Meta fined 390 million euros for data privacy violations

Kollage aus dem Facebook-Logo
When the GDPR came into effect, Meta had written the processing of personal data for advertising purposes into its terms of use.
(Source: IMAGO / NurPhoto)

Meta must pay a data privacy fine amounting to a total of 390 million euros in Ireland. The group has so far required users to give their consent to data processing for personalized advertising in its terms of use. However, this violates the General Data Protection Regulation (GDPR), the Irish data protection authority DPC has now ruled. According to the assessment of the Austrian organization Noyb, Meta must ask its users for consent in order to use their personal data for advertising purposes in the future.

Meta enables its corporate clients to place personalized advertising on the Facebook and Instagram platforms based on users’ online activities. In the European Union, the GDPR regulates the conditions under which personal data may be processed. As a rule, this requires the consent of the affected users. However, there are exceptions, such as when the information is actually required for the execution of a contract. For example, in the case of delivery services that absolutely require an address.

Meta also relies on this exception, and in 2018 stipulated data processing for advertising purposes in the terms of use for its services. Anyone who wants to use Facebook or Instagram must agree to the terms of use.

GDPR violation

However, Meta is not allowed to rely on this exception, as the Irish data protection authority has now announced. The Irish authority is responsible for the company because it has its European headquarters in the country. As the group’s actions to date have violated the GDPR, the DPC has imposed two fines: 210 million euros for Facebook and 180 million euros for Instagram.

Meta must also align its data processing practices with the requirements of the European General Data Protection Regulation within three months. The authority did not provide further details.

The decision stems in part from a complaint filed by Austrian organization Noyb in 2018, which was the year the GDPR came into effect. Noyb had argued that access to services should not depend on consent to data processing, which the GDPR prohibits.

Max Schrems of Noyb commented on the decision that has now been issued: “This is a huge blow to Meta’s profits in the EU. People now need to be asked if they want their data to be used for ads or not. The decision also ensures a level playing field with other advertisers that also need to get opt-in consent.”

In a statement, Meta expressed its “disappointment” with the decision and announced its intention to appeal. The company also pointed out that personalized advertising would remain possible on its platforms.

Noyb, on the other hand, said that as a result of the decision, Meta would have to ask its users for consent to use personal data for advertising purposes in the future. To do so, Meta could either offer an additional version of its apps that does not use personal data for advertising or offer a yes/no option. Users would also have to be able to revoke their consent at any time without the service being restricted for them.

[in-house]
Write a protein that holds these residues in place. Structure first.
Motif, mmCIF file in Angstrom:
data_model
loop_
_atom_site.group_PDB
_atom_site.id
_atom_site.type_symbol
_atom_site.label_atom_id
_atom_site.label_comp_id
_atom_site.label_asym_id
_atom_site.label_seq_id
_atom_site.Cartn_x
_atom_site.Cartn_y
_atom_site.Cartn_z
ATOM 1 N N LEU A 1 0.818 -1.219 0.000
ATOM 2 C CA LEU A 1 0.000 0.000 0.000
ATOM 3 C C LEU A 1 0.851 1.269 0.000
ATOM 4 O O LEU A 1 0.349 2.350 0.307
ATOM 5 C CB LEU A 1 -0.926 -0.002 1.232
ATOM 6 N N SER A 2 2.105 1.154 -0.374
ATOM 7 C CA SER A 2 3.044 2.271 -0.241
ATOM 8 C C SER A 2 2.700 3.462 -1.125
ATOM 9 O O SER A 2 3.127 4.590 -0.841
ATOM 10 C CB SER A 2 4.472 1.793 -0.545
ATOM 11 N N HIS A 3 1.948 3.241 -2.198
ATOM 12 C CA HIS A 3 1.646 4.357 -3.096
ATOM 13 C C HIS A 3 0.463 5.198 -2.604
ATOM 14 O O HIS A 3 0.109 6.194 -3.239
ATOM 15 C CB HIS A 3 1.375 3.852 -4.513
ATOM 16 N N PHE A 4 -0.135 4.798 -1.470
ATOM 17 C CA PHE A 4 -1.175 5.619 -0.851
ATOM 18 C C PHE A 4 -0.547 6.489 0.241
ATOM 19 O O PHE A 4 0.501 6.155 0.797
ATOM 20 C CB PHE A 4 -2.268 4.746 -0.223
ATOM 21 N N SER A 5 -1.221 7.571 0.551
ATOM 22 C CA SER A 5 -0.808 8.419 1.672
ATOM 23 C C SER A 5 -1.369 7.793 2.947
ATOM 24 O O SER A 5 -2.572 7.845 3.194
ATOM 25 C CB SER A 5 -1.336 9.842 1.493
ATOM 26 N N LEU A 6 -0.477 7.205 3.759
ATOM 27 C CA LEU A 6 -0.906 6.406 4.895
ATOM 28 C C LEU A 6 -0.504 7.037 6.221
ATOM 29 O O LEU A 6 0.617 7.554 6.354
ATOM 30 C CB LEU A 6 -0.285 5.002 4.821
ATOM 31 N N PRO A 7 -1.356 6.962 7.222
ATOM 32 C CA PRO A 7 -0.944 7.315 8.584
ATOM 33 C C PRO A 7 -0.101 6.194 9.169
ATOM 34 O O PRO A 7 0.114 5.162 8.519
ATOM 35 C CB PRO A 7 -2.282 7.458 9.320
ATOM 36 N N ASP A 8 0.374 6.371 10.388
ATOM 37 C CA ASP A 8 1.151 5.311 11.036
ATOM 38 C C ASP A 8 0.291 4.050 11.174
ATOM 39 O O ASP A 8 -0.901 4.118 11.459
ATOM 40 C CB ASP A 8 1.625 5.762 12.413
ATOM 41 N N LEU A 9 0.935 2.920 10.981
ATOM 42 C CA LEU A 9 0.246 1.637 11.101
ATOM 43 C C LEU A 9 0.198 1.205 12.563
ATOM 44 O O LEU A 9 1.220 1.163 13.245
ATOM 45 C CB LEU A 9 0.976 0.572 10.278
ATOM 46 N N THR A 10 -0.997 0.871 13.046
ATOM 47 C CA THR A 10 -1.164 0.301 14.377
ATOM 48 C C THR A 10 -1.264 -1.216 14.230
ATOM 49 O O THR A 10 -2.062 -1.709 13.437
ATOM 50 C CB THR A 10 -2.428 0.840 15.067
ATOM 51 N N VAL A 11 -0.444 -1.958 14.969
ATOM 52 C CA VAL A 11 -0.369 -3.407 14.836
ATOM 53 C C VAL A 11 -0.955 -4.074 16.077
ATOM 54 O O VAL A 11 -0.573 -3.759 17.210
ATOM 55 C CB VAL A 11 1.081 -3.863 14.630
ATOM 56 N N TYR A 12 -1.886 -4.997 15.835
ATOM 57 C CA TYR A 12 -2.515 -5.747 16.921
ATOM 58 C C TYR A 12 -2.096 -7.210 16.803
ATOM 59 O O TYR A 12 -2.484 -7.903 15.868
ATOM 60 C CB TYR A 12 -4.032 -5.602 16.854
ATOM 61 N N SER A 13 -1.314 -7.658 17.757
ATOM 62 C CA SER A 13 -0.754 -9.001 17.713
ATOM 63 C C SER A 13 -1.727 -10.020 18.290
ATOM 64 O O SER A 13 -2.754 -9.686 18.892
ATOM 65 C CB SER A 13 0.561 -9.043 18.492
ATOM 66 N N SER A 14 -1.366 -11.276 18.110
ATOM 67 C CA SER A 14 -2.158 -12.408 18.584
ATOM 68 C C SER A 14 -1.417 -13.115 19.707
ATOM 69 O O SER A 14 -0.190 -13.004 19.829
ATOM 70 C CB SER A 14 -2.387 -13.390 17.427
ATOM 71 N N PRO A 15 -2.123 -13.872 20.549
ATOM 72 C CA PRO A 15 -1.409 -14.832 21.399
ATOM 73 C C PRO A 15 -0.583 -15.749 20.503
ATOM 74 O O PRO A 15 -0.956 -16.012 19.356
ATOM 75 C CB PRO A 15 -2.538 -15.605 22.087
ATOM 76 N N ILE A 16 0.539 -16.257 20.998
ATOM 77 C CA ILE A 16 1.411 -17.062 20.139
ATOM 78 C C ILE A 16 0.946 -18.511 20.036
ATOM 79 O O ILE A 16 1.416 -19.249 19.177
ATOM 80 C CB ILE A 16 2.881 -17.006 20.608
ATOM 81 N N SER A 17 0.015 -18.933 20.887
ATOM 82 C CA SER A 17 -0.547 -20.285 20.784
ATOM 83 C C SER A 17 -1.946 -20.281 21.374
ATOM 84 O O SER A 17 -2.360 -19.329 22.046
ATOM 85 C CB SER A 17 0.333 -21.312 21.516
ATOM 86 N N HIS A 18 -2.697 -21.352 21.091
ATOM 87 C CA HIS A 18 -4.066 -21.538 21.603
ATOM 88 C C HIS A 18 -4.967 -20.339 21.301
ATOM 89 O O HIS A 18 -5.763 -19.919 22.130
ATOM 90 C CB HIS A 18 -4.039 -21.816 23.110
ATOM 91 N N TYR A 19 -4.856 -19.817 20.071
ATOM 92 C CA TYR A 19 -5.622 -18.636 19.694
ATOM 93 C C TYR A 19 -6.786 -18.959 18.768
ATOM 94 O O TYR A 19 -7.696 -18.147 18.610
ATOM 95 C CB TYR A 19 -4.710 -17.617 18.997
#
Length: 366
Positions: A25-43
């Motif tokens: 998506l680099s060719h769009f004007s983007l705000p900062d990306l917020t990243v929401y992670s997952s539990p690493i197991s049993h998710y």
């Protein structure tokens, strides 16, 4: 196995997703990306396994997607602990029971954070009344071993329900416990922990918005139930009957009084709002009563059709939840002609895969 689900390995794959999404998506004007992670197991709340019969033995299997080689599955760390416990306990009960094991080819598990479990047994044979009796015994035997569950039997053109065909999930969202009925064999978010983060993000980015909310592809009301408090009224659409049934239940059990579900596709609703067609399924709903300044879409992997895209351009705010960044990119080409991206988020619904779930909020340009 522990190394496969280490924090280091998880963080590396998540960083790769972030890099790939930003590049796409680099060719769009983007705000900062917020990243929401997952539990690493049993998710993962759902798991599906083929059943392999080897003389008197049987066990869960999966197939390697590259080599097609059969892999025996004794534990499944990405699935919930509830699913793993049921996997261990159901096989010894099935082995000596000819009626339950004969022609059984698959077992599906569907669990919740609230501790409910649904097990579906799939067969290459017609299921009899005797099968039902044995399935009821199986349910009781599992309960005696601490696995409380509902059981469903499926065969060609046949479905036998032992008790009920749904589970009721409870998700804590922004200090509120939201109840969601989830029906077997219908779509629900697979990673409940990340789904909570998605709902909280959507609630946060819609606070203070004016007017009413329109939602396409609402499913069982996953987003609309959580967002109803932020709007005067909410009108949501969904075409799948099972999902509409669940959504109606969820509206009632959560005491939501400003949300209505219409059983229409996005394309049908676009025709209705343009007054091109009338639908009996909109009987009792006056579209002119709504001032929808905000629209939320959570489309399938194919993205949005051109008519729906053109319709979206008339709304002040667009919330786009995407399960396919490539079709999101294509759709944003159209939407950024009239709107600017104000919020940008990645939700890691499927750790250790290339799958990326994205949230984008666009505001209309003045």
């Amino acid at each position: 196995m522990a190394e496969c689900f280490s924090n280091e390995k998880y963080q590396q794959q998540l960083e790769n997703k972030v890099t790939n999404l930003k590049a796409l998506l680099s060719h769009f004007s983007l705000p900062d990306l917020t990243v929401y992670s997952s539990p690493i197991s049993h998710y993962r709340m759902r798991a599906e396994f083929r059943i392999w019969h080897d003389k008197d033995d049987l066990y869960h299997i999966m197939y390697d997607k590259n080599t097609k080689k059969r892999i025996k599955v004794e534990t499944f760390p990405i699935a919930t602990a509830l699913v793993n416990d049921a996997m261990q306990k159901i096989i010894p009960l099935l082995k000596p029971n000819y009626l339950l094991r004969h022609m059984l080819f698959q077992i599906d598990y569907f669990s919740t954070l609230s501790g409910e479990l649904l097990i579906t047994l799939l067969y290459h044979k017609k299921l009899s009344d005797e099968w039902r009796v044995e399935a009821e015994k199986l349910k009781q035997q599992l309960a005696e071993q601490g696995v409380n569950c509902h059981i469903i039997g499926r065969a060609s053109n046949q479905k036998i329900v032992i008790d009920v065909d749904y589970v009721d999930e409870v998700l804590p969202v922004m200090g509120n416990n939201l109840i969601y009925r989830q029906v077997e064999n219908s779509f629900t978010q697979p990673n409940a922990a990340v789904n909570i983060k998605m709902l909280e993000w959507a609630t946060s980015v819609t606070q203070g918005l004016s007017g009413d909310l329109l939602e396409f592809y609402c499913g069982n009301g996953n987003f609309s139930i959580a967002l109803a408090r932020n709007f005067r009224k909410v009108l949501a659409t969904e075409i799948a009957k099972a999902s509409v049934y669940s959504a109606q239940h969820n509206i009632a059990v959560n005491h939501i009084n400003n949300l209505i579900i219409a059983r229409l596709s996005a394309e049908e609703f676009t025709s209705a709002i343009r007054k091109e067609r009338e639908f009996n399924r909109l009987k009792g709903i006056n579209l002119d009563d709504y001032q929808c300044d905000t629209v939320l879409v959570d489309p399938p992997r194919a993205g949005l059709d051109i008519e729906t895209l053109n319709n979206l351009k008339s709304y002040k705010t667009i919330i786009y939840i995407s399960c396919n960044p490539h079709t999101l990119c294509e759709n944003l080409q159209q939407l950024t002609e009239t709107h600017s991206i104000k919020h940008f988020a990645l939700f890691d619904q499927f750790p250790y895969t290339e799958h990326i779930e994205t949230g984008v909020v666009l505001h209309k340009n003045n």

According to the organization, this would “drastically limit” Meta’s profits in the EU. However, other forms of advertising, such as contextual, would remain possible.

European Data Protection Board had issued a decision

The Irish data protection authority is regularly criticized for proceeding too slowly in the case of data protection violations by major tech companies. Noyb also criticizes the authority in the current case, as it has only sent the decision to Meta so far. The organization, on the other hand, had not yet received the document as a party to the proceedings because it could allegedly receive confidential information. Schrems criticized: “In ten years as a lawyer, I have never experienced that a decision was served to only one party, but not to the other.”

The Irish data protection authority had initially regarded Facebook’s action as permissible. The authority had only wanted to impose a data protection penalty because of a lack of transparency. However, because other European data protection commissioners objected to this planned decision, the case became the subject of the European Data Protection Board (EDPB). The board is made up of representatives of national data protection authorities and the European Data Protection Supervisor.

In December, the EDPB had overruled the Irish authority (in German) and instructed it to publish a decision to that effect.

Repeated data privacy fines against Meta

This is the fifth time since September 2021 that the Irish data protection authority has ordered Meta to pay a hefty fine. As recently as November, it imposed a fine of 256 million euros (in German) on the group after data on more than half a billion Facebook users was published on the Internet (in German) in 2021.

In September 2022, the DPC fined Instagram 405 million euros for serious violations of child privacy rules. Previously, it had also fined Meta 17 million euros, as well as its subsidiary WhatsApp 225 million euros.

Meta has appealed against both the Instagram and WhatsApp decisions. (dpa / js)